WORKPLACE COVID LAWSUITS EXPECTED TO RISE: Employers are likely to see an increase in Covid-19-related lawsuits as more and more people head back to work amid the lifting of coronavirus-related restrictions, according to two Maryland-based employment attorneys, writes Bryan Renbaum of MarylandReporter.

AS BUDGET CUTS LOOM, BPW URGED TO PROTECT FRAGILE MARYLANDERS: The Board of Public Works, which has sole domain over the state budget when the General Assembly isn’t in session, is expected to vote on a round of spending cuts at its next meeting Wednesday — the first day of the 2021 fiscal year. But in advance of the meeting, a coalition of 27 progressive groups wrote this week to the board urging members to protect Maryland’s most vulnerable residents as they decide what cutbacks to make, Josh Kurtz of Maryland Matters reports.

COVID CASE UPDATE: There are 65,337 total confirmed cases of the coronavirus in Maryland as of June 24. The state health department offers a county by county breakdown, Sun staff reports.

  • Two more residents of elder care facilities have died of COVID-19, Carroll County Health Department announced Wednesday, and the county added 11 new cases overall, Brian Compere Carroll County Times reports.
  • The Allegany County Health Department on Wednesday reported 10 new cases of COVID-19 since Monday, the Cumberland Times News reports. The new cases include six inmates at North Branch Correctional Institution and four community members – a male in his teens, a male in his 20s, a male in his 30s and a female in her 20s.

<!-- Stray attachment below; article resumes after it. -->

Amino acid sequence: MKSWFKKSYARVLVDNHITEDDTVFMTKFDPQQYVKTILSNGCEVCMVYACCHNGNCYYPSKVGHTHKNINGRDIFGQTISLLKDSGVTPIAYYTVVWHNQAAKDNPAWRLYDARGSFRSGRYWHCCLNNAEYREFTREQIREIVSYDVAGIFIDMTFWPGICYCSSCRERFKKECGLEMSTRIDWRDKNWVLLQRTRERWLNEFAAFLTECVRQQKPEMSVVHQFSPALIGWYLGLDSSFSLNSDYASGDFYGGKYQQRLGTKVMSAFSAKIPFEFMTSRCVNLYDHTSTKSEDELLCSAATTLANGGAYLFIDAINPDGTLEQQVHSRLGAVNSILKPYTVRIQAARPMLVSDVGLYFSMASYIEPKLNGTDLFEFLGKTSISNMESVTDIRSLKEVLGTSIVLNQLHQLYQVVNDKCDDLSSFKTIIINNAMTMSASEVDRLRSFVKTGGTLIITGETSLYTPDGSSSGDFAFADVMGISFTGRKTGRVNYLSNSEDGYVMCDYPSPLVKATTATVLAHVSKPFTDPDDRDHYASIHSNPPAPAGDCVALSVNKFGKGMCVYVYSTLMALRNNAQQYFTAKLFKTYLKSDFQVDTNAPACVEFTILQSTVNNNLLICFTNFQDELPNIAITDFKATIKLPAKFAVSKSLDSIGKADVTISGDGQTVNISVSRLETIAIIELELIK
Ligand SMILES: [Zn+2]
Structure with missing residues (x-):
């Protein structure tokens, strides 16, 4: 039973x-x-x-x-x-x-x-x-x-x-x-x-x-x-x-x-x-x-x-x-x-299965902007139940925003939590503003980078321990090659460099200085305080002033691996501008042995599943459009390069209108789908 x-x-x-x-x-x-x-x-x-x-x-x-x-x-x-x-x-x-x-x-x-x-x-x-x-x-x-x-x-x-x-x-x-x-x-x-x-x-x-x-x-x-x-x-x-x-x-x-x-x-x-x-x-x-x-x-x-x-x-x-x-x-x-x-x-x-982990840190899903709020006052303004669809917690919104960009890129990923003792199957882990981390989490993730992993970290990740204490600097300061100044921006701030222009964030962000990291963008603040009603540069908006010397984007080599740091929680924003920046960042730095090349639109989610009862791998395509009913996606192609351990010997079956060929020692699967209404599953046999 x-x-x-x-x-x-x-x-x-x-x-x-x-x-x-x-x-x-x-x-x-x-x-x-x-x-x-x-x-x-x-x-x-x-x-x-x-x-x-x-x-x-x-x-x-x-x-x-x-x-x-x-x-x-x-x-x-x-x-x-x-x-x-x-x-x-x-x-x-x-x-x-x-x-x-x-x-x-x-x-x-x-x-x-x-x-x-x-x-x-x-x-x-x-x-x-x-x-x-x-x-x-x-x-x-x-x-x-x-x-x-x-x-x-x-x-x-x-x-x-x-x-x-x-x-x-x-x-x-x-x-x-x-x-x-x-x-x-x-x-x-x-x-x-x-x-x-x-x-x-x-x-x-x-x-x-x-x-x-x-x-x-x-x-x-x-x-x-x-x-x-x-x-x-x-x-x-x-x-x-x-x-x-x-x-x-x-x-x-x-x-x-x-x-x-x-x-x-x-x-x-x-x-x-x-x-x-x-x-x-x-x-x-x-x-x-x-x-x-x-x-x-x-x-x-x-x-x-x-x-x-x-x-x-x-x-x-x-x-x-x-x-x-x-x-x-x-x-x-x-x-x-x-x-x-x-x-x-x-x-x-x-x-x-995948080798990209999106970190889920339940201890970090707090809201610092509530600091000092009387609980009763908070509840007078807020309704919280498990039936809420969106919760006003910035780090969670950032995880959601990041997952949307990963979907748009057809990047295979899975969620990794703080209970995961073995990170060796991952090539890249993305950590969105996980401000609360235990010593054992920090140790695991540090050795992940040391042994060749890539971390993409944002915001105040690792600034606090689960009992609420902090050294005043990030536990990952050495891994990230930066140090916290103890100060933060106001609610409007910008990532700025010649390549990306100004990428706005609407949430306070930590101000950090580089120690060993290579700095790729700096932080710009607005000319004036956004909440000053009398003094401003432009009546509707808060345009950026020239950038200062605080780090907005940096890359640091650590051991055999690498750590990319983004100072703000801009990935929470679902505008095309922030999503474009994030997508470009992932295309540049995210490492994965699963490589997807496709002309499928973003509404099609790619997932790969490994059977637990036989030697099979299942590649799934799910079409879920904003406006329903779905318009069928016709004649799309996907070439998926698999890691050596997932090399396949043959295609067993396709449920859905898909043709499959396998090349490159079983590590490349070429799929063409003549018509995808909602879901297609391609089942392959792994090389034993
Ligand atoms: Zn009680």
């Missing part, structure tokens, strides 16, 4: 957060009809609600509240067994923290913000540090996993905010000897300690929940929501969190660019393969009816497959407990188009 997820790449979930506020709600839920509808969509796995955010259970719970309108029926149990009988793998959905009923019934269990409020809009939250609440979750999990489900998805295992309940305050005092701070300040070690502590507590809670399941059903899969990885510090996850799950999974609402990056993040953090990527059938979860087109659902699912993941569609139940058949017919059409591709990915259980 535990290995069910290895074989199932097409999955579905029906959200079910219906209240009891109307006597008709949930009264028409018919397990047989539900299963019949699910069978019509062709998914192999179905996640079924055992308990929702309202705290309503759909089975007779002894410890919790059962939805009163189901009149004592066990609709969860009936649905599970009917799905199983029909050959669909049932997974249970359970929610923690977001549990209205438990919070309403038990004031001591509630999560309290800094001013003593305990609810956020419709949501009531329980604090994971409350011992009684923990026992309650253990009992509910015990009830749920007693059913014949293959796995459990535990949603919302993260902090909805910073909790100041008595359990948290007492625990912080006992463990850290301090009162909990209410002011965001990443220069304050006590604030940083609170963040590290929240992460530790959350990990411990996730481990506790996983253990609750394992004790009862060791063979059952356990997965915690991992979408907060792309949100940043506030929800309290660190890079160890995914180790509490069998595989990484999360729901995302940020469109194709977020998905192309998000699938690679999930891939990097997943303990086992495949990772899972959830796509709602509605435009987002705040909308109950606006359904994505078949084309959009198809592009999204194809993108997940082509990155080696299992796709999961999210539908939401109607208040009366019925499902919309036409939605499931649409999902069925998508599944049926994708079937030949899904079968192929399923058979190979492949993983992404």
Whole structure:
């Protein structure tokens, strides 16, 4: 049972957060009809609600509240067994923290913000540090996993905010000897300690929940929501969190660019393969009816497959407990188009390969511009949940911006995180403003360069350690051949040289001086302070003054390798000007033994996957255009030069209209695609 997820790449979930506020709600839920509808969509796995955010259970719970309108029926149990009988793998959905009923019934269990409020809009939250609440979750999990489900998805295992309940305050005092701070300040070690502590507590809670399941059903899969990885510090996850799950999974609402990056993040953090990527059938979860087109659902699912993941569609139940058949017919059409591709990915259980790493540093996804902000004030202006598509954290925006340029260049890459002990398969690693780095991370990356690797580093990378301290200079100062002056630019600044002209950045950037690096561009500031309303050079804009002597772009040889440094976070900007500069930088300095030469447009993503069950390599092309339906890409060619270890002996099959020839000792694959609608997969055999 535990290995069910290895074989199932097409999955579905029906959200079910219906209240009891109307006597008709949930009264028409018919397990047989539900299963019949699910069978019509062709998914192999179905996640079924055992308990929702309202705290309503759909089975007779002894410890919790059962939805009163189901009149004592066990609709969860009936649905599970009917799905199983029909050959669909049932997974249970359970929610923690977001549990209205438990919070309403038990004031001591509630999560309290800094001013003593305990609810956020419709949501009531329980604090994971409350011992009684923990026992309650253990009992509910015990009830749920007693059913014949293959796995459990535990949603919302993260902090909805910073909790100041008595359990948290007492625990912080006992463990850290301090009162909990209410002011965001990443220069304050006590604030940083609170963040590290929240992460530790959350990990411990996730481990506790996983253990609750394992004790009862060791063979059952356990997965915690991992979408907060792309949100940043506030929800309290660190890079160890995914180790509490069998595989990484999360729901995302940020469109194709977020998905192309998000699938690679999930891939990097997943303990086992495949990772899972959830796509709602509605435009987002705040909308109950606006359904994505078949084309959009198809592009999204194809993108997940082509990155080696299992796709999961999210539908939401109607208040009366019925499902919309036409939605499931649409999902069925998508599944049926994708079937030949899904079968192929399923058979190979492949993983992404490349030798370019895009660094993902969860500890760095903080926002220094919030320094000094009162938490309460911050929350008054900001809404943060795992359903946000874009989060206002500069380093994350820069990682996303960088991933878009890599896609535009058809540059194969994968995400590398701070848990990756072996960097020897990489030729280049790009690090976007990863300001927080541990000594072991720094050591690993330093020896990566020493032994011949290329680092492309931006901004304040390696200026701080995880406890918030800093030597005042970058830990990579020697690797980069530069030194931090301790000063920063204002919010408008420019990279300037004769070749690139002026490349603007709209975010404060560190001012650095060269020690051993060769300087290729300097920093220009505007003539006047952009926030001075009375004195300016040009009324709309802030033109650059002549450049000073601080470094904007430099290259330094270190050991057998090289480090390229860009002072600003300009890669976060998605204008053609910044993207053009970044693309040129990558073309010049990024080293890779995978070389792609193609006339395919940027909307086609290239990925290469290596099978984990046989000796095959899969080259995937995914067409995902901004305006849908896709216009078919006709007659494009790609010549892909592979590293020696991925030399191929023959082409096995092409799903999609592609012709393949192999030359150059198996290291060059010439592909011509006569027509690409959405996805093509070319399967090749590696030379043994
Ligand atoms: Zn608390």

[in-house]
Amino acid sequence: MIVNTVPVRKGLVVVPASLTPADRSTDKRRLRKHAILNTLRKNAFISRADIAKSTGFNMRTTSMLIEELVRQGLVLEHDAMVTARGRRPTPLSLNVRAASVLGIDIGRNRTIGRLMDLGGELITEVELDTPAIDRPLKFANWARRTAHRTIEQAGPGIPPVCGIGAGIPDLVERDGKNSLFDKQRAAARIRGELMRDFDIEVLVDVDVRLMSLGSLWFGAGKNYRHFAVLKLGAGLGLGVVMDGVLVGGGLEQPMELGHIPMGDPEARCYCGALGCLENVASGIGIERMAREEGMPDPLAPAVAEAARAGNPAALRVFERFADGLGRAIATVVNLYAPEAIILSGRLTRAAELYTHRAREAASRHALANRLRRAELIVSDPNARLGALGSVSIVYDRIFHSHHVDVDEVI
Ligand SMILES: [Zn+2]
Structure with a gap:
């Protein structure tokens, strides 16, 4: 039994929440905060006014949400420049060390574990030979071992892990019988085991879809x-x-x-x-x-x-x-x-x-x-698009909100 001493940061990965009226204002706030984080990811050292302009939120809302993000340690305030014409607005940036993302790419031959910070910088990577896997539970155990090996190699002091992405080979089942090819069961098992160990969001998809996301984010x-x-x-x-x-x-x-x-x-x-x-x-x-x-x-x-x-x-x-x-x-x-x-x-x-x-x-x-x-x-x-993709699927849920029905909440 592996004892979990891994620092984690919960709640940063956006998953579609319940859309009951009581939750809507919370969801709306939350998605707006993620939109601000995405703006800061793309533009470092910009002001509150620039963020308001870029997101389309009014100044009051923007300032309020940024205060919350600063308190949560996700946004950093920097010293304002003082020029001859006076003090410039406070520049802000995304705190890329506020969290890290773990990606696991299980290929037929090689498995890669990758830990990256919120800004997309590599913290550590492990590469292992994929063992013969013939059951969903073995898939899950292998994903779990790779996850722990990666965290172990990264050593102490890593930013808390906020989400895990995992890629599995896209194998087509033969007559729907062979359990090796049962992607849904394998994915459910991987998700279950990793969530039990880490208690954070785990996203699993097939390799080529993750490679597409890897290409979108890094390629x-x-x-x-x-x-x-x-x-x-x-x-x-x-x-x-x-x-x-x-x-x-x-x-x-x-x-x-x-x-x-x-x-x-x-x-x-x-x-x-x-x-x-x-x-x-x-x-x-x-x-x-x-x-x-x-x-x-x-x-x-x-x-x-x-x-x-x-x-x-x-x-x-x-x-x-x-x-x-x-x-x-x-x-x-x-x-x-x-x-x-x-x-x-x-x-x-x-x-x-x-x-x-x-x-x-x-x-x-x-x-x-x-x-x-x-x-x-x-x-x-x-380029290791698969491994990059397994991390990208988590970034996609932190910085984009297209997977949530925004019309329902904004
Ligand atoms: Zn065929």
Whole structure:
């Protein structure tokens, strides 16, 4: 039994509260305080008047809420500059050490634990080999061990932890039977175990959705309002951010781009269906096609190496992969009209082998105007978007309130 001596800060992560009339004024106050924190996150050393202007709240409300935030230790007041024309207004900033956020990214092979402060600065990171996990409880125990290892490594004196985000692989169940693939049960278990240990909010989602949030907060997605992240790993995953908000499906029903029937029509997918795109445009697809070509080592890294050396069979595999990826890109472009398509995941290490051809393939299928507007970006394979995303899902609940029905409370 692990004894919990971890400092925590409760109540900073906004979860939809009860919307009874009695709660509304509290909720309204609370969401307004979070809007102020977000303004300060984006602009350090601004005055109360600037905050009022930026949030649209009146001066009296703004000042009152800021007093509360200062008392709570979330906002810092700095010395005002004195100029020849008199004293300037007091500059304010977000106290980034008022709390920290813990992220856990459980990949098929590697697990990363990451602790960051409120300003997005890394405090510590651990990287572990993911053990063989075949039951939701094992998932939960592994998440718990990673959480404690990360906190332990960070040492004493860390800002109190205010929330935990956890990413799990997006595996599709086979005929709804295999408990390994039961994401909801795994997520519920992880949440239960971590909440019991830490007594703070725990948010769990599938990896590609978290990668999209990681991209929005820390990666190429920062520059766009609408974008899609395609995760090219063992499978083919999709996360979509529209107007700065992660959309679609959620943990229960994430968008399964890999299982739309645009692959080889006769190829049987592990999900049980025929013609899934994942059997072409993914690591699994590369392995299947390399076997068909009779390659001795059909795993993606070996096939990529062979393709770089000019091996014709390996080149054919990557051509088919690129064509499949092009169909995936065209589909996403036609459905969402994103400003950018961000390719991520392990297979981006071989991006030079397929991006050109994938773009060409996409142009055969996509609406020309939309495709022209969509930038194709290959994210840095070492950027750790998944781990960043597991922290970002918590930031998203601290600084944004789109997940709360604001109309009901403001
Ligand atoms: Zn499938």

STATE DIGS THROUGH JOBLESS CLAIMS: Maryland is slowly digging out of a backlog of unemployment claims even as state labor officials say they are wrangling information to comply with a federal subpoena, Bryan Sears of the Daily Record reports.

  • During a briefing for the legislature’s COVID-19 Workgroup Wednesday, Labor Secretary Tiffany P. Robinson rebuffed suggestions that Maryland copy a Vermont program that gives $1,200 payments to people whose benefits claims aren’t resolved within two weeks of being filed, reports Bruce DePuyt of Maryland Matters.

CRAB PROCESSORS FACE NEW THREAT: Around half of Maryland’s crab processing plants will close permanently if President Donald Trump’s new executive order freezing work visas through 2020 is maintained next year, according to an industry leader, Ellie Heffernan of the Daily Record reports.

FROSH, OTHER AGS PUSH FOR HEALTH CARE ENROLLMENT: Despite an historic pandemic, the Trump administration has refused to allow people who don’t have health insurance the opportunity to purchase coverage through the federal exchange, HealthCare.Gov. This week more than a dozen state attorneys general — including Maryland’s Brian E. Frosh (D) — joined a legal fight to force the government to create a special enrollment window, Bruce DePuyt reports for Maryland Matters.

PG EATERIES DELAY INDOOR DINING: Starting June 15, restaurants in Prince George’s County were allowed to re-open their indoor dining rooms with 50% capacity and social distancing, but like other restaurant owners, operating partner Phil Gainey of Jerry’s Seafood said they will continue to operate as a carryout only for now, writes Rachael Pacella of the Capital Gazette.

LAUREL CHURCHES REOPEN, SAFELY: Upon entering St. Nicholas Catholic Church for Saturday afternoon Mass, parishioners were asked a series of health questions and had their temperatures taken. Masks had to be worn. As they were directed to their seats, they found pews taped off to allow social distancing. There was no singing and no sharing of handshakes during the offering of peace, Katie Jones reports in the Laurel Leader.